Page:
On Monday, April 4, Sumatra Island, known for being prone to earthquakes, experienced a severe earthquake of 7.3 magnitude, which prompted Indonesia’s geophysics agency to issue a tsunami warning. Several smaller aftershocks, measuring around 4 magnitude, were recorded afterwards.
The epicenter was reported to be located off the western shore of Sumatra. Indonesia reports frequent earthquakes because of its geographical location in the Pacific Ring of Fire, a seismically active zone where different plates of the earth’s crust meet.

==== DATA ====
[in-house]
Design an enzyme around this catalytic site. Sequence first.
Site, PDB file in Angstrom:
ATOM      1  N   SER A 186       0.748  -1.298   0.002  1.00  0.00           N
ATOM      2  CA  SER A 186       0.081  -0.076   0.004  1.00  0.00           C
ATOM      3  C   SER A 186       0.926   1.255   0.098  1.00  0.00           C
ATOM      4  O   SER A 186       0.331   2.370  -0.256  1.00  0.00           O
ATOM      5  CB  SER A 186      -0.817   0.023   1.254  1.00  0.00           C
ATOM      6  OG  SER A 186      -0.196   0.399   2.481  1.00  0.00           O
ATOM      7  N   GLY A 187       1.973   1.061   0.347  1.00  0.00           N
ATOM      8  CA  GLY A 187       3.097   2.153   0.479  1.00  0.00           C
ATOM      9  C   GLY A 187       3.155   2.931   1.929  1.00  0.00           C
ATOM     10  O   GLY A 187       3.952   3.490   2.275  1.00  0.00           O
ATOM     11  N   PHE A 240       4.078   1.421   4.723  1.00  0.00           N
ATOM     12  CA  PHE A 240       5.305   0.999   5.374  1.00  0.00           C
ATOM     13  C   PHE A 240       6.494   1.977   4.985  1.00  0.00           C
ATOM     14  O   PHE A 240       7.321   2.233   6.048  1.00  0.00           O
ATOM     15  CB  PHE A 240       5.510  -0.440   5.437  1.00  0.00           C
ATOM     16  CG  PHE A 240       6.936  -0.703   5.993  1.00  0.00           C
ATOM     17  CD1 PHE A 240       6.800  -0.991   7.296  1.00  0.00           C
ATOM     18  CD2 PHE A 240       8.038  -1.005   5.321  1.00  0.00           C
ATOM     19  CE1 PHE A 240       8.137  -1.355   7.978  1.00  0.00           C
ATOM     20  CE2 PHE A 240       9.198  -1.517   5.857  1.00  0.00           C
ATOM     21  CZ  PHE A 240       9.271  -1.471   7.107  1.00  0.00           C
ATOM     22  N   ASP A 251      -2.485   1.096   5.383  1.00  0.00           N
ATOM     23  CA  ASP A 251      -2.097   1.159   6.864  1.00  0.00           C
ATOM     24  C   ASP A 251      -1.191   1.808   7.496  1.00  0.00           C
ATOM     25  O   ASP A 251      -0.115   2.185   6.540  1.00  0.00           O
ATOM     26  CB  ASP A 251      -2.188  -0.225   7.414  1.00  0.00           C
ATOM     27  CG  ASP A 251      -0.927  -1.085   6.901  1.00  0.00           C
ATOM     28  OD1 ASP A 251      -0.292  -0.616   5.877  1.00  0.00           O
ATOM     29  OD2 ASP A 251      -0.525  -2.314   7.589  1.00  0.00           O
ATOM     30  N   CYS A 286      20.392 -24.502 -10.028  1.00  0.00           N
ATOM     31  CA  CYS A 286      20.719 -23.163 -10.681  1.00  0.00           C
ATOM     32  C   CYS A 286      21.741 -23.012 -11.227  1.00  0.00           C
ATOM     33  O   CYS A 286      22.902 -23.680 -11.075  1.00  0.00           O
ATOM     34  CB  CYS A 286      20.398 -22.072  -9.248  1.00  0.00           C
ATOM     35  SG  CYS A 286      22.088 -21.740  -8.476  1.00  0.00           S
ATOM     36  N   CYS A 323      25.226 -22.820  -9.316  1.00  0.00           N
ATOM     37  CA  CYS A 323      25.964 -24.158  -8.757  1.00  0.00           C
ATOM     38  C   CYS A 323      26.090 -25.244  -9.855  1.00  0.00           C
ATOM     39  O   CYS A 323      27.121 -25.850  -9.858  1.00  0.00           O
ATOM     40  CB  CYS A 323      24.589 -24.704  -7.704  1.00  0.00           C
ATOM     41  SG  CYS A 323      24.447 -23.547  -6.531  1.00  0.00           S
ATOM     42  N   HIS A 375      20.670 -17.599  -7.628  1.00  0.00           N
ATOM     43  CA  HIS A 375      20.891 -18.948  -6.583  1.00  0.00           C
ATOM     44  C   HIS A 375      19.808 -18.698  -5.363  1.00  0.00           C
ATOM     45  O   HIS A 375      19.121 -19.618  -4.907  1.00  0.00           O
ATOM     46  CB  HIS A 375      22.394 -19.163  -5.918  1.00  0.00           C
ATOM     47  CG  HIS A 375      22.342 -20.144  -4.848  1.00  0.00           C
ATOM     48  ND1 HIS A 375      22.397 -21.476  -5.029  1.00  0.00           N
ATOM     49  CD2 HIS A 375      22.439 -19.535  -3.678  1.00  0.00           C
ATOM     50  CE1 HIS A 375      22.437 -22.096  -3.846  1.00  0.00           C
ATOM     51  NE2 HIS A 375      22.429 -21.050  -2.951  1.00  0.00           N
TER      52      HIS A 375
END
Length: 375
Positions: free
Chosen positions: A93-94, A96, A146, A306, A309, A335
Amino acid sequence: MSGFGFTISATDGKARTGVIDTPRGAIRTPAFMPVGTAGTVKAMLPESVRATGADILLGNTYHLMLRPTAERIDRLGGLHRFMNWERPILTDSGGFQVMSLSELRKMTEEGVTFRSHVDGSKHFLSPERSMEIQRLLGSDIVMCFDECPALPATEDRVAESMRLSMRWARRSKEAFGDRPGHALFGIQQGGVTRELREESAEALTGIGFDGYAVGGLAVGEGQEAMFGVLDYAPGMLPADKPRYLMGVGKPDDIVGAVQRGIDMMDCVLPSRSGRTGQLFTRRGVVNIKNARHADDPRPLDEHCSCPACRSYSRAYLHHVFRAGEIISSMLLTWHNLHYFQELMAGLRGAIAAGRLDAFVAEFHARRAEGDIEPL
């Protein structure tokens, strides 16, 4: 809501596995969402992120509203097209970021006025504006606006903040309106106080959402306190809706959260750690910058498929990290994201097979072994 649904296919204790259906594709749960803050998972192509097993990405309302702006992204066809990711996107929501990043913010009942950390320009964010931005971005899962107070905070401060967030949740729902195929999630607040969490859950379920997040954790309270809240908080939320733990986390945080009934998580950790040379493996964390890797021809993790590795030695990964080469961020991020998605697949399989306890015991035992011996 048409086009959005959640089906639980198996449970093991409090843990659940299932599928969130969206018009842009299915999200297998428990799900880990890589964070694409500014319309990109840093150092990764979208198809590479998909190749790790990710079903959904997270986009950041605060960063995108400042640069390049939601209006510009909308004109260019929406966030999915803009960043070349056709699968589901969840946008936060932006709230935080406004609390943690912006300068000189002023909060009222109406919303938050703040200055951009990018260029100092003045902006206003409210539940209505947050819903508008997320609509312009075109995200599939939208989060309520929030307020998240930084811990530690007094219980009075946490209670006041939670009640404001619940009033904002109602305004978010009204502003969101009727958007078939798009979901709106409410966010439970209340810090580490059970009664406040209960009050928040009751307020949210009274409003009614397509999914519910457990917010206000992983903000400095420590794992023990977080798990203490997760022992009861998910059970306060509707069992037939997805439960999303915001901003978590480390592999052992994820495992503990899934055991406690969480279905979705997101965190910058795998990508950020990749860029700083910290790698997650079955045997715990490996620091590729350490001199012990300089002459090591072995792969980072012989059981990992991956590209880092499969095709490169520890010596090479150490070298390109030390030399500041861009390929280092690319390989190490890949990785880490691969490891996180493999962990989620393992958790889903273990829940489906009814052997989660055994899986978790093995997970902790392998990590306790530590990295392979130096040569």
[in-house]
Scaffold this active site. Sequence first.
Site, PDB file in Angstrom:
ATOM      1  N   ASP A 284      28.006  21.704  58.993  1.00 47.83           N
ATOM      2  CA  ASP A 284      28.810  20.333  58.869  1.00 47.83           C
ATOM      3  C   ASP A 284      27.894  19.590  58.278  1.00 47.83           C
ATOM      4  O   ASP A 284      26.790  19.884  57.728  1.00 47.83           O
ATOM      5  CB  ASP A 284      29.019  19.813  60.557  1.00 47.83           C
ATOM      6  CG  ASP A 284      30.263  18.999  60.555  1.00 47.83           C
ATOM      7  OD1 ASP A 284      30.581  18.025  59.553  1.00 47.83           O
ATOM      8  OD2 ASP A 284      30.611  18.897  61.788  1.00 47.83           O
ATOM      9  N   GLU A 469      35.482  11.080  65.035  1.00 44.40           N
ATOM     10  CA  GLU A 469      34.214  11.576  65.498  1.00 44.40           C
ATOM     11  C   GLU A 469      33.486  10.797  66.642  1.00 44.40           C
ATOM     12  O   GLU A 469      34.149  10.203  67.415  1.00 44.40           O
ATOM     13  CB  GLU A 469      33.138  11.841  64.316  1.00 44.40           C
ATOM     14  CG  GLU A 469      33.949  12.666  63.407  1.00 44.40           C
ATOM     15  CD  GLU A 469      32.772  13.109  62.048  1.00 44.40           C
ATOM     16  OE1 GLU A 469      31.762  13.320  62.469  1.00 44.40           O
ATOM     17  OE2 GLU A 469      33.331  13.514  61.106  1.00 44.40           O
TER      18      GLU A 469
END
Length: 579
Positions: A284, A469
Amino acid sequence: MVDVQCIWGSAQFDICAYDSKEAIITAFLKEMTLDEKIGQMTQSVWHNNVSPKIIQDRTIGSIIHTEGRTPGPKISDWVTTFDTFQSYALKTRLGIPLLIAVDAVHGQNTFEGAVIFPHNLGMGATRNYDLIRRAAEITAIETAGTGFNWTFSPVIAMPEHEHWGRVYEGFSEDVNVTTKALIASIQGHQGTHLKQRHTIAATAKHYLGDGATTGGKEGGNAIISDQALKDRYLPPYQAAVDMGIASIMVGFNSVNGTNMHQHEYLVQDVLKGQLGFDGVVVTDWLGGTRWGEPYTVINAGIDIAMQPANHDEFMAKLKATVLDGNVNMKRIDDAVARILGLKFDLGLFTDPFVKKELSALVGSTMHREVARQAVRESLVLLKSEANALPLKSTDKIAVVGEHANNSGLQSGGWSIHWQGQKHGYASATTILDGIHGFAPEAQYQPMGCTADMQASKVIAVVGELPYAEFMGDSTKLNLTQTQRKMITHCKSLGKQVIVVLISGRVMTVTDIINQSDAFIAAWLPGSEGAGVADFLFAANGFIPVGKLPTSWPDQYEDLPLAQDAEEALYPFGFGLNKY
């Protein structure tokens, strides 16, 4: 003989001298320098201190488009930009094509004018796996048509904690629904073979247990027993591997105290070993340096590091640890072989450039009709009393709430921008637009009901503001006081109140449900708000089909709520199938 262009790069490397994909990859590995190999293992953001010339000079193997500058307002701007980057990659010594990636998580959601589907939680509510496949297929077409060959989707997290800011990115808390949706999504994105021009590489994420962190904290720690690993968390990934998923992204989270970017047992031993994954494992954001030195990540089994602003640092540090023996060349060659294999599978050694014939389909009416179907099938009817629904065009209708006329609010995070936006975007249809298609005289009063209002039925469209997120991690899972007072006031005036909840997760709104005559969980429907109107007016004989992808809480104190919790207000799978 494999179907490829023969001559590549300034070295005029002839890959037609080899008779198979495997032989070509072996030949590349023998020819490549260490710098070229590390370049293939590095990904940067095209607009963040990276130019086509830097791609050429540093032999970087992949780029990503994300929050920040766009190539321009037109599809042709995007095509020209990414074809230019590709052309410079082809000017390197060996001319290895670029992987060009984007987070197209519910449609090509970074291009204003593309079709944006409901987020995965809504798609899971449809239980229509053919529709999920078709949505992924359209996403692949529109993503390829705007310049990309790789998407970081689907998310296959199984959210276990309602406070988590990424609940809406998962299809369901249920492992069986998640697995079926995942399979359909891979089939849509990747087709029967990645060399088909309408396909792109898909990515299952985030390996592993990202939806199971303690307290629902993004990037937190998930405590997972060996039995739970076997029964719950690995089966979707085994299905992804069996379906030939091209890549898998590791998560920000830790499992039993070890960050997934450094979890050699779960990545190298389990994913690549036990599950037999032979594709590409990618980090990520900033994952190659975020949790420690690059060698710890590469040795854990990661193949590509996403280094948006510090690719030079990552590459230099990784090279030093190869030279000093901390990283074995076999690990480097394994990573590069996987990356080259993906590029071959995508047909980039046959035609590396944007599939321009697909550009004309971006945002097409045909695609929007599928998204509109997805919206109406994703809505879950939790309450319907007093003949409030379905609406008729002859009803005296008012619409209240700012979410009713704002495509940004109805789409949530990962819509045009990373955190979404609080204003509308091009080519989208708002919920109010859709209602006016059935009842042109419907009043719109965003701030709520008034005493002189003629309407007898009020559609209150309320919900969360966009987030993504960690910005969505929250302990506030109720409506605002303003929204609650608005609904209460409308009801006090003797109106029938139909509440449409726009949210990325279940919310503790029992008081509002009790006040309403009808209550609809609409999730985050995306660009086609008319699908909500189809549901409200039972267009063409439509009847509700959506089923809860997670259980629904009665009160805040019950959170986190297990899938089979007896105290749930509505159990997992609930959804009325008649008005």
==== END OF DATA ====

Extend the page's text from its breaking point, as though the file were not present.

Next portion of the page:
The tsunami warning urged local authorities to immediately ensure the evacuation of residents of the affected area away from the shore. Hours later, the tsunami warning has since been lifted.
The quake hit at about 3 am local time at a depth of 84km, according to Indonesia’s geophysics agency Badan Meteorologi, Klimatologi, dan Geofisika (BMKG).
In West Sumatra’s capital Padang, the quake was felt strongly. The locals were moved away from the beaches, according to BMKG spokesperson Abdul Muhari, who reportedly himself was in the area.
“People left their homes. Some were panicking but under control. Currently some of them are evacuating away from the sea,” he said.
The footage on Indonesian media channels posted on social media showed some Padang residents evacuating by motorbike and on foot to higher ground.